The protagonist, Claire, is the daughter in an elite voodoo family, one of the members of the Guild, those who control and practice voodoo in New Orleans. The families are also the ones who sell the materials necessary to perform the voodoo rituals. Many of the families are quite wealthy, and Claire's family is descended from the voodoo queen, Marie Leveau.
Claire doesn't believe in all the mumbo jumbo and is determined to stay away from the family business. One snag is that she is in love with Alexandre, the son of one of the other main families -- and he believes in voodoo.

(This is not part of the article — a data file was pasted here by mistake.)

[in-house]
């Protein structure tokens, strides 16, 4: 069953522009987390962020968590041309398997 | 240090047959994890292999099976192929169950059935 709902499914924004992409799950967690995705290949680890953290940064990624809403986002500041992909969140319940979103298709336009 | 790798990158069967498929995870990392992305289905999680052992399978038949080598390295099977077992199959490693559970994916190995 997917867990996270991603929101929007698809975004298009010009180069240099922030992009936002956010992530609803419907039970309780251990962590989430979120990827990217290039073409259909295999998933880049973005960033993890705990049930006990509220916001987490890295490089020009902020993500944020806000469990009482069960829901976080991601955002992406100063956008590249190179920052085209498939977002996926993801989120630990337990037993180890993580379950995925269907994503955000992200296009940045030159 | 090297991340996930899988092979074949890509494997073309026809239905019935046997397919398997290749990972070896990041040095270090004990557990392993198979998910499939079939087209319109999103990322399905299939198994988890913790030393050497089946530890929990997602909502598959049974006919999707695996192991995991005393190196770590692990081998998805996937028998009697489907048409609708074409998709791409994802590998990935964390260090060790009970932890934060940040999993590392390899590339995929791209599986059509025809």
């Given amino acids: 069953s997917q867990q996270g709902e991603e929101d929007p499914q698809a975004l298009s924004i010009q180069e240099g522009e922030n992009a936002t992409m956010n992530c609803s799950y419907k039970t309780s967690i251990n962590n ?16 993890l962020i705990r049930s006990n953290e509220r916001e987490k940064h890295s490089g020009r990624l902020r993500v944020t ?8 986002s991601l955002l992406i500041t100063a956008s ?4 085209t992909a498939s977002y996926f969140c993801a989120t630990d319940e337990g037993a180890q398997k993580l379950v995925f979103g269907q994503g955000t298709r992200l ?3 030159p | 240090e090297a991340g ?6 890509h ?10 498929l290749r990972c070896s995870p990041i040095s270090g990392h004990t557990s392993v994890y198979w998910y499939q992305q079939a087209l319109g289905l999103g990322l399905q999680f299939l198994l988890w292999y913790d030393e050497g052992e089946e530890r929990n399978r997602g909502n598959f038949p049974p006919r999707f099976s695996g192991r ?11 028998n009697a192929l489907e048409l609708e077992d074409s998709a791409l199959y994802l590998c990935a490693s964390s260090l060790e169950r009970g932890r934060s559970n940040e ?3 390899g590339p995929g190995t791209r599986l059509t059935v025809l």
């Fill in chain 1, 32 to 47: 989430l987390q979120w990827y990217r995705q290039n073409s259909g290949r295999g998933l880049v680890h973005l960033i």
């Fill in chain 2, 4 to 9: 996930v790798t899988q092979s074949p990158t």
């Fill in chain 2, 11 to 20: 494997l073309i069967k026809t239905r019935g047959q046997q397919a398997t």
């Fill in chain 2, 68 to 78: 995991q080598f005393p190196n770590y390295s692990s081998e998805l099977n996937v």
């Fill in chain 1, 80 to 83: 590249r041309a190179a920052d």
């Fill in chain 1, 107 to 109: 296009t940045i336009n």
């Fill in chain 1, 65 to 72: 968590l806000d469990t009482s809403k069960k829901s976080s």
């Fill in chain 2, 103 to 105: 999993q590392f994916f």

As corny as all the voodoo sounds, the way Zink presents it makes it quite, dare I say, plausible. And while the plot and the ending are both fairly predictable, Zink's style and sense of dialogue make the book enjoyable reading.
What's interesting, especially for young adult readers, is the fact that Zink represents the older generation as too staid, too set in their ways to really do something about someone who wants to practice black magic. It's up to the younger generation, the "Firstborns," to defeat those who would bring harm to the families.
All in all, "This Wicked Game" is a fun, fairly light and quick young adult read that will be enjoyed by those who like action spiced with a bit of fantasy.
Please note: This review is based on the advance review copy provided by the publisher, Dial, for review purposes.
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